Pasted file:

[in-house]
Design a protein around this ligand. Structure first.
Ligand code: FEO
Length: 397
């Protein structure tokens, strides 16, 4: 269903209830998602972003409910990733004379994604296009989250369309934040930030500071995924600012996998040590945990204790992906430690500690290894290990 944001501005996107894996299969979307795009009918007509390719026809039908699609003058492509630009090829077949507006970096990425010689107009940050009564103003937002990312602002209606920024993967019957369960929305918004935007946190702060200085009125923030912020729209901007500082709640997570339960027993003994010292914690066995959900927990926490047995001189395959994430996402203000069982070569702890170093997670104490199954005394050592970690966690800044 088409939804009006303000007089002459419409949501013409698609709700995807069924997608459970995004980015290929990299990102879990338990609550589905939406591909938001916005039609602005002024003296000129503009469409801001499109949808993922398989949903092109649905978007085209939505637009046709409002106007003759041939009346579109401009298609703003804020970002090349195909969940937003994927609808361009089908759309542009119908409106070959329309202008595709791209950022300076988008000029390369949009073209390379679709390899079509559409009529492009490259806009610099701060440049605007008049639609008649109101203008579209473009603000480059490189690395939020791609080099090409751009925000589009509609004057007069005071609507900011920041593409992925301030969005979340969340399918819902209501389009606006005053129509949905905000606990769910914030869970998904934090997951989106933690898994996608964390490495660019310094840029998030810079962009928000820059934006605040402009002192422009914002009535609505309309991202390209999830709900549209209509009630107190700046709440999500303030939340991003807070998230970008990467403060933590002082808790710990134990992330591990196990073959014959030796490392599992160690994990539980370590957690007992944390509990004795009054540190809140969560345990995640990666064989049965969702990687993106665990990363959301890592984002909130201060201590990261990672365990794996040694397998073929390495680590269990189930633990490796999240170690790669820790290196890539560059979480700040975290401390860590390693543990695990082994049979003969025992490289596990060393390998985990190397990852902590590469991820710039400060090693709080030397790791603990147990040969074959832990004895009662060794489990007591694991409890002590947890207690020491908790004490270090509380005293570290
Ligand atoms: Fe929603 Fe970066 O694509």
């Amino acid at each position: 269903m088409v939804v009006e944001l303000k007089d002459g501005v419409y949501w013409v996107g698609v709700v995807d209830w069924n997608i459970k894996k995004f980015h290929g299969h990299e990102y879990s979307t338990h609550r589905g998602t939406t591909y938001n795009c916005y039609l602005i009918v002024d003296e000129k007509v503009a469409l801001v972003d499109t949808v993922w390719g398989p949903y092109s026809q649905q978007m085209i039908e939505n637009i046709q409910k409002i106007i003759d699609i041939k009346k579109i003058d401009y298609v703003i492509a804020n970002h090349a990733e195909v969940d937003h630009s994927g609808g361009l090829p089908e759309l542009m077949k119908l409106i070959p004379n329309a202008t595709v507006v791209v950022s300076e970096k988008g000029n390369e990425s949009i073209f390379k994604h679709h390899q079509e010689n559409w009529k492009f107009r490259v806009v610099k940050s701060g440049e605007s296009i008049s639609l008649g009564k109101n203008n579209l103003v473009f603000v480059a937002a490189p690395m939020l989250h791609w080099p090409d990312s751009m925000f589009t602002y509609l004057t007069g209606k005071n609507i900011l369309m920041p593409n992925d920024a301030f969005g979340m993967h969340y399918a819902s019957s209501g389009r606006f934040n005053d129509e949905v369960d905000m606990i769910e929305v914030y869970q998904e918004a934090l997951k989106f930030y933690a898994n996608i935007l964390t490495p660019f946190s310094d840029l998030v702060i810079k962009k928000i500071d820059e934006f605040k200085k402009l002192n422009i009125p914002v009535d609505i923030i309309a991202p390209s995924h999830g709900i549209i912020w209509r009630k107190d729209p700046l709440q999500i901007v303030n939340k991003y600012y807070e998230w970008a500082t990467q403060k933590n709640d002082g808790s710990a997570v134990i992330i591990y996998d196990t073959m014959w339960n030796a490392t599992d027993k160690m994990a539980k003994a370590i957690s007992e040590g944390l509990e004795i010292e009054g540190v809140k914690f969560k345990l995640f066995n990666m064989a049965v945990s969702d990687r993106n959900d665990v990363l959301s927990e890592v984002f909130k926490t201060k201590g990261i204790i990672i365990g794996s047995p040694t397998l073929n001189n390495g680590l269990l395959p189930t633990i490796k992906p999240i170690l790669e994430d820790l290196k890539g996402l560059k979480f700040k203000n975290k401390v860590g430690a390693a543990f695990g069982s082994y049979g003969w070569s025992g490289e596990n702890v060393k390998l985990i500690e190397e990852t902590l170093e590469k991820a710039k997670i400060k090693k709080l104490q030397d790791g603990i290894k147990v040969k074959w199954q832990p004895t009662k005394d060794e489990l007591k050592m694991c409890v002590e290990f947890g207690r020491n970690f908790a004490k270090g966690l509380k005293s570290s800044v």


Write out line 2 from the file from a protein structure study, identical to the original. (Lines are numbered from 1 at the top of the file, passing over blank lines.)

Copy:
Design a protein around this ligand. Structure first.